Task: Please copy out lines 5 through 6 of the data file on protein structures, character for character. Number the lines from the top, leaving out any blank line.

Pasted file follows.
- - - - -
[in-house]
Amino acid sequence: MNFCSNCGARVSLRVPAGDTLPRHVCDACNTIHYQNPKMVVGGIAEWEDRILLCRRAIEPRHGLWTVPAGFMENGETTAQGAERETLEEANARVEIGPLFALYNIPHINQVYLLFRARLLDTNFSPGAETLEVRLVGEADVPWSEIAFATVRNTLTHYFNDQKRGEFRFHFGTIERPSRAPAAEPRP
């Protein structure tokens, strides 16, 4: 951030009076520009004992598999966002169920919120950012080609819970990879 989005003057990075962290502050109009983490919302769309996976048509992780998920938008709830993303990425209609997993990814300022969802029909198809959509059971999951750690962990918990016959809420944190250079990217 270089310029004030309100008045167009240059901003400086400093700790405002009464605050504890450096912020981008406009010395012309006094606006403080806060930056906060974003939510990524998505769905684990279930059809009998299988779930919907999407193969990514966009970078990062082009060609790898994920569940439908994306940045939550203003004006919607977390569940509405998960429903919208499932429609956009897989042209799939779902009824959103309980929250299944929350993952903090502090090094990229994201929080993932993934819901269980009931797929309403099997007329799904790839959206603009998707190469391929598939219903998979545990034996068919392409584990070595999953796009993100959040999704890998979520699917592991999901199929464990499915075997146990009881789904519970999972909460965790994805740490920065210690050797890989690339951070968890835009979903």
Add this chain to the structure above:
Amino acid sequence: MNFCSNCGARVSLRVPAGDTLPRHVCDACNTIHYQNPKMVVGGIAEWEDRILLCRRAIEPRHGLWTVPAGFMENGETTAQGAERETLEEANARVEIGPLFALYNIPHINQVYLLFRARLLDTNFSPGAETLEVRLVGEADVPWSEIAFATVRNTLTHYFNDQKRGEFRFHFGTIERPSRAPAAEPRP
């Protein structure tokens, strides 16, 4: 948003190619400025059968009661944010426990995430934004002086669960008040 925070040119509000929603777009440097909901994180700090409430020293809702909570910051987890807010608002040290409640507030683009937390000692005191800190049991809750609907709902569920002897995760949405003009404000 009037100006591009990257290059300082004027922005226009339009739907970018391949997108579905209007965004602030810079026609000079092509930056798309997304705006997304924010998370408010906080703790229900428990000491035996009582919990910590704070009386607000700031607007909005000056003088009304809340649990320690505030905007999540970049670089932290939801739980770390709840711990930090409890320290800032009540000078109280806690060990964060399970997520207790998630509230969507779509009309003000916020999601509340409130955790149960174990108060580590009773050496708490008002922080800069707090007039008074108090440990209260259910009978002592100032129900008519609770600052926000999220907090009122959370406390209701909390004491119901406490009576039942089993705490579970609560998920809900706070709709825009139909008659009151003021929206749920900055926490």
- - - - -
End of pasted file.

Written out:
Amino acid sequence: MNFCSNCGARVSLRVPAGDTLPRHVCDACNTIHYQNPKMVVGGIAEWEDRILLCRRAIEPRHGLWTVPAGFMENGETTAQGAERETLEEANARVEIGPLFALYNIPHINQVYLLFRARLLDTNFSPGAETLEVRLVGEADVPWSEIAFATVRNTLTHYFNDQKRGEFRFHFGTIERPSRAPAAEPRP
């Protein structure tokens, strides 16, 4: 948003190619400025059968009661944010426990995430934004002086669960008040 925070040119509000929603777009440097909901994180700090409430020293809702909570910051987890807010608002040290409640507030683009937390000692005191800190049991809750609907709902569920002897995760949405003009404000 009037100006591009990257290059300082004027922005226009339009739907970018391949997108579905209007965004602030810079026609000079092509930056798309997304705006997304924010998370408010906080703790229900428990000491035996009582919990910590704070009386607000700031607007909005000056003088009304809340649990320690505030905007999540970049670089932290939801739980770390709840711990930090409890320290800032009540000078109280806690060990964060399970997520207790998630509230969507779509009309003000916020999601509340409130955790149960174990108060580590009773050496708490008002922080800069707090007039008074108090440990209260259910009978002592100032129900008519609770600052926000999220907090009122959370406390209701909390004491119901406490009576039942089993705490579970609560998920809900706070709709825009139909008659009151003021929206749920900055926490």